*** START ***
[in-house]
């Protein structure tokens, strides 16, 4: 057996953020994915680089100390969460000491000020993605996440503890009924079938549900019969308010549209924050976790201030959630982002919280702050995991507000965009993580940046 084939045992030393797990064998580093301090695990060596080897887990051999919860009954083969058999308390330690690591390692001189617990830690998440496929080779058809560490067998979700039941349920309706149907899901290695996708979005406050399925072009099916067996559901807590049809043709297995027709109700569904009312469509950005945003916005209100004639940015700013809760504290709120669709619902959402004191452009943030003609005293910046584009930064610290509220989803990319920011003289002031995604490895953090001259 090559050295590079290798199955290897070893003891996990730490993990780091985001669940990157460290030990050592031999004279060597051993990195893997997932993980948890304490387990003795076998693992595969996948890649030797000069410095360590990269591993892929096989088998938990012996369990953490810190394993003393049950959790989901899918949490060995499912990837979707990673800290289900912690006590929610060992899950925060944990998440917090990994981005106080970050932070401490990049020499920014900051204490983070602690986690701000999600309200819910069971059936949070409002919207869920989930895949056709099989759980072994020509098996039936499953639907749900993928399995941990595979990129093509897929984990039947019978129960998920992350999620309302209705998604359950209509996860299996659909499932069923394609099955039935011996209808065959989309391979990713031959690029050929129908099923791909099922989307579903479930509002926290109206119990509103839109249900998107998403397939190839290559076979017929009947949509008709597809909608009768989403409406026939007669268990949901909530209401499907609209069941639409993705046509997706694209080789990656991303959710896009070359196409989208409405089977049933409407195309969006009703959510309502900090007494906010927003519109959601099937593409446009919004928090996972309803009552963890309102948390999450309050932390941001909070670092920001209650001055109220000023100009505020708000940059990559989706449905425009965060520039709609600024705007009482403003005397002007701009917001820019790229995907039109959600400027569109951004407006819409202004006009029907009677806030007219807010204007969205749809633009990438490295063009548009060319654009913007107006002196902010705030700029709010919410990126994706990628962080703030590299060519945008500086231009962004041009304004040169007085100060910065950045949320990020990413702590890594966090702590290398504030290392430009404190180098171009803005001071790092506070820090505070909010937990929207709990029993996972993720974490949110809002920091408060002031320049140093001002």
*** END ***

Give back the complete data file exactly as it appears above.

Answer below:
[in-house]
């Protein structure tokens, strides 16, 4: 057996953020994915680089100390969460000491000020993605996440503890009924079938549900019969308010549209924050976790201030959630982002919280702050995991507000965009993580940046 084939045992030393797990064998580093301090695990060596080897887990051999919860009954083969058999308390330690690591390692001189617990830690998440496929080779058809560490067998979700039941349920309706149907899901290695996708979005406050399925072009099916067996559901807590049809043709297995027709109700569904009312469509950005945003916005209100004639940015700013809760504290709120669709619902959402004191452009943030003609005293910046584009930064610290509220989803990319920011003289002031995604490895953090001259 090559050295590079290798199955290897070893003891996990730490993990780091985001669940990157460290030990050592031999004279060597051993990195893997997932993980948890304490387990003795076998693992595969996948890649030797000069410095360590990269591993892929096989088998938990012996369990953490810190394993003393049950959790989901899918949490060995499912990837979707990673800290289900912690006590929610060992899950925060944990998440917090990994981005106080970050932070401490990049020499920014900051204490983070602690986690701000999600309200819910069971059936949070409002919207869920989930895949056709099989759980072994020509098996039936499953639907749900993928399995941990595979990129093509897929984990039947019978129960998920992350999620309302209705998604359950209509996860299996659909499932069923394609099955039935011996209808065959989309391979990713031959690029050929129908099923791909099922989307579903479930509002926290109206119990509103839109249900998107998403397939190839290559076979017929009947949509008709597809909608009768989403409406026939007669268990949901909530209401499907609209069941639409993705046509997706694209080789990656991303959710896009070359196409989208409405089977049933409407195309969006009703959510309502900090007494906010927003519109959601099937593409446009919004928090996972309803009552963890309102948390999450309050932390941001909070670092920001209650001055109220000023100009505020708000940059990559989706449905425009965060520039709609600024705007009482403003005397002007701009917001820019790229995907039109959600400027569109951004407006819409202004006009029907009677806030007219807010204007969205749809633009990438490295063009548009060319654009913007107006002196902010705030700029709010919410990126994706990628962080703030590299060519945008500086231009962004041009304004040169007085100060910065950045949320990020990413702590890594966090702590290398504030290392430009404190180098171009803005001071790092506070820090505070909010937990929207709990029993996972993720974490949110809002920091408060002031320049140093001002």